Make Tech Easier: The Best Tips and Tutorials for Google Classroom. “Google Classroom is a free virtual meeting place for instructors and students. The platform is very easy to learn for anyone with a Google account, as it closely integrates with the Google apps you know and use every day. This Google Classroom guide covers everything you need to know to get started as an online tutor.”


CBC: London, Ont., man creates online archive uncovering little known stories of Canadians in Combined Operations. “Retired elementary school teacher Gord Harrison, 72, was sifting through a filing cabinet of written material left behind by his late father, Doug. Doug had written numerous columns for his hometown’s newspaper, The Norwich Gazette, throughout the 90s. For a time, he had served as president of that area’s legion. Harrison’s hope was to add something pithy for his own community newspaper column dedicated to that year’s Remembrance Day. Instead of a quote, Harrison discovered a brown Manila folder he hadn’t seen before. Inside were 45 pages of handwritten notes detailing Doug’s career as a volunteer reservist for the Canadian Navy during the Second World War.”

New York Times: Why the Internet Is Turning Into QVC. “Yes, America’s internet is turning into QVC. (People under 30: Email me for an explanation of home shopping TV.) This is happening for three reasons: greed, fear and China. And the growing mania for digital shopping options is another example of how our experiences online are shaped just as much by corporations’ interests as by our desires.” I’m a broke dinosaur but at least I can sleep at night.


The Register: Malicious Chrome extensions are bad. But what about nice ones that can be hijacked? This new tool spots them . “Security researchers from Germany’s CISPA Helmholtz Center for Information Security have developed software to help identify Chrome extensions that are vulnerable to exploitation by malicious webpages and other extensions.”


Government Technology: Opinion: Pros and Cons of Google vs. Subscription Databases. “Students’ media literacy is dependent upon their ability to evaluate published sources, which isn’t always easy with search engine results. Google prioritizes its results independent of author biases or factual legitimacy, leaving students to evaluate which sources are best. But research from Stanford University has shown that most students don’t look beyond Google’s top hits on any given topic. This leaves users susceptible to specious information, wrongly believing Google is somehow designed to work in the interest of veracity. Based on a helpful chart from UC Merced, here’s a quick comparison of the three research sources most used by students.”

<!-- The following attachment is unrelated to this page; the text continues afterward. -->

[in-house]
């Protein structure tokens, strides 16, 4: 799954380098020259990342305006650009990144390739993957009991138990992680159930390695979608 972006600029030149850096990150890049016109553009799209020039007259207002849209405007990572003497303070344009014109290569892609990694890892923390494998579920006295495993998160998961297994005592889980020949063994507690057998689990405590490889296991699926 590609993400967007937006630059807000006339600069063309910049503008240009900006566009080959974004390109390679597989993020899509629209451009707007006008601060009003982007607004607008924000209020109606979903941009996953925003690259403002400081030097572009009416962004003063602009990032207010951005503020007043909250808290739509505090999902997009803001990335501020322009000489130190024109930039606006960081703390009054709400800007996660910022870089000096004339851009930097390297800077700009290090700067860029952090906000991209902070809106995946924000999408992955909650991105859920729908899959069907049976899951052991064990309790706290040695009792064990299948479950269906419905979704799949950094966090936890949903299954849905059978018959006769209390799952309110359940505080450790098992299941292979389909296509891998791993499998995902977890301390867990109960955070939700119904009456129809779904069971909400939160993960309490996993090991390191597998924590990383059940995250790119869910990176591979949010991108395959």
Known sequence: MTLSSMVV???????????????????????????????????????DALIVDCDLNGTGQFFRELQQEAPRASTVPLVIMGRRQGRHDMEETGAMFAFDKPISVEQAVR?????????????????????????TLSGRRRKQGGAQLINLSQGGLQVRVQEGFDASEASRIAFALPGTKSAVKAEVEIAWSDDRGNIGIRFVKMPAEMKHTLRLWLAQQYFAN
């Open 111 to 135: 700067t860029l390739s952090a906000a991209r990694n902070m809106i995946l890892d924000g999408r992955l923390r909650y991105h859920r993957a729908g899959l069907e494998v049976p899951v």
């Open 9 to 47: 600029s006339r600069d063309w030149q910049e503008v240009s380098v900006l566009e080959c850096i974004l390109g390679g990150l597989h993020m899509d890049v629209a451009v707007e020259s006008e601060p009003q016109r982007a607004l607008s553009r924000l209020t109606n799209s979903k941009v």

Stanford Libraries: The Beats within: comparing AI & human adaptations of “Howl” . “‘Howl’ is considered one of the most important poems of American literature and stands as an iconic work of the 1950’s. Can its famous first line be translated into a different context entirely by using fictional texts from another period? What does the GPT-2 model (a large language model originally developed by Open-AI) mark as the identifying features of the first line of ‘Howl’ and what does that tell us about the GPT-2 model’s knowledge of literary texts?” Sweet Valley High! Star Wars! Good morning, Internet…